Donald Trump’s campaign deployed out-of-date crime data about New York City in a Monday attack on state Attorney General Letitia James, who brought the lawsuit in which the former president is now facing a civil fraud trial for inflating asset valuations on financial statements.
In a news release the campaign distributed shortly before Trump appeared in a New York courtroom for the start of the trial, the former president’s campaign delivered a variety of attacks against James — one of them pointing out that she received a campaign donation from liberal billionaire George Soros, a Jewish philanthropist and Democratic donor who has been a frequent target of antisemitic conspiracy theories baselessly depicting him as a puppet master behind various domestic and international events.
The Trump campaign concluded the Monday release by claiming that New York crime has “skyrocketed” under James, who took office in 2019. But the campaign repeatedly used crime data from 2021 or 2022 even though more recent data is available — making the crime picture look worse than it is, since the situation with some major crime categories has improved markedly this year and last.
While that’s accurate, the campaign didn’t mention that the number of shootings in the city has plummeted by about 27% so far in 2023 compared to the same point in 2022 — after also��falling about 17% for the full year of 2022 compared to the full year of 2021.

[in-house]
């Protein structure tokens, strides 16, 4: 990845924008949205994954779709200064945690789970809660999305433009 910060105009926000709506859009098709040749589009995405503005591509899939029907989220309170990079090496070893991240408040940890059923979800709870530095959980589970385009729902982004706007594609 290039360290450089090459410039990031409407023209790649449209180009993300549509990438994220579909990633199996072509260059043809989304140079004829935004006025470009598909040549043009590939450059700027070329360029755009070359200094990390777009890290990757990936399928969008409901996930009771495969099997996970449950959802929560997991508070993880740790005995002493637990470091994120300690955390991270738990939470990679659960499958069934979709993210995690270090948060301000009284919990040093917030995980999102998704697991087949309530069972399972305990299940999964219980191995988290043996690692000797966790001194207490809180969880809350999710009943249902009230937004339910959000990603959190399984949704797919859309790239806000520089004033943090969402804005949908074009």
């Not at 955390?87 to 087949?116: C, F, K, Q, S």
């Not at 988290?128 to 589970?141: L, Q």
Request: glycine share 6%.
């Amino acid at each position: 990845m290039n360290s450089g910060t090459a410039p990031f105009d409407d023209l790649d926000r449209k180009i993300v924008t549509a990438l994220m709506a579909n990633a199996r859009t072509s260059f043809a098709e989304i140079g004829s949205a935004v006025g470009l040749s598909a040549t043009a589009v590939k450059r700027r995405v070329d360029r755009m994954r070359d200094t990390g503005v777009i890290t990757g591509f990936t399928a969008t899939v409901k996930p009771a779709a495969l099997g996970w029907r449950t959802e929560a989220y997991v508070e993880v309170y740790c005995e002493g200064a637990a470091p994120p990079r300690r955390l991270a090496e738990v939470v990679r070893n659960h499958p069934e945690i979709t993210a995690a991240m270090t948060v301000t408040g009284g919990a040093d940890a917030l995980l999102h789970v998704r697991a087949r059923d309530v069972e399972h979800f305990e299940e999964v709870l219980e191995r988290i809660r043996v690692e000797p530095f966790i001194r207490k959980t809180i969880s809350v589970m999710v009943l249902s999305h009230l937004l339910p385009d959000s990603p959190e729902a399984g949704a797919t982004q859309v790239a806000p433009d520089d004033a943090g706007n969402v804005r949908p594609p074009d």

In other words, the Trump campaign didn’t explain that New York City is now well into a second straight year with an improving shootings trendline, and, if current trends roughly hold for the rest of the year, that 2023 will end with a much less than 71% increase over the number of shootings compared to 2018.
Similarly, the Trump campaign said, “Murders increased by 48% from 2018 to 2022 in New York City.” The Trump campaign didn’t mention that the number of murders in the city declined by about 10% in 2022 and has fallen by about 11% so far in 2023 compared to the same point in 2022. Again, the trendline is well into a second year of significant improvement.
And the numbers aside, it’s also highly questionable at best to blame or credit an individual attorney general for the crime situation in their state.
The number of murders spiked around the country beginning in 2020, when there was widespread economic and social upheaval because of the Covid-19 pandemic, and has improved around the country in 2022 and 2023 — complicating attempts to assign blame for the increases or credit for the decreases to any particular state or local official.
In addition, the precise causes of crime fluctuations are difficult to pinpoint even decades after the fact; they are affected by numerous factors, from the economy to government policy to sociocultural factors to policing strategies to the corrections system.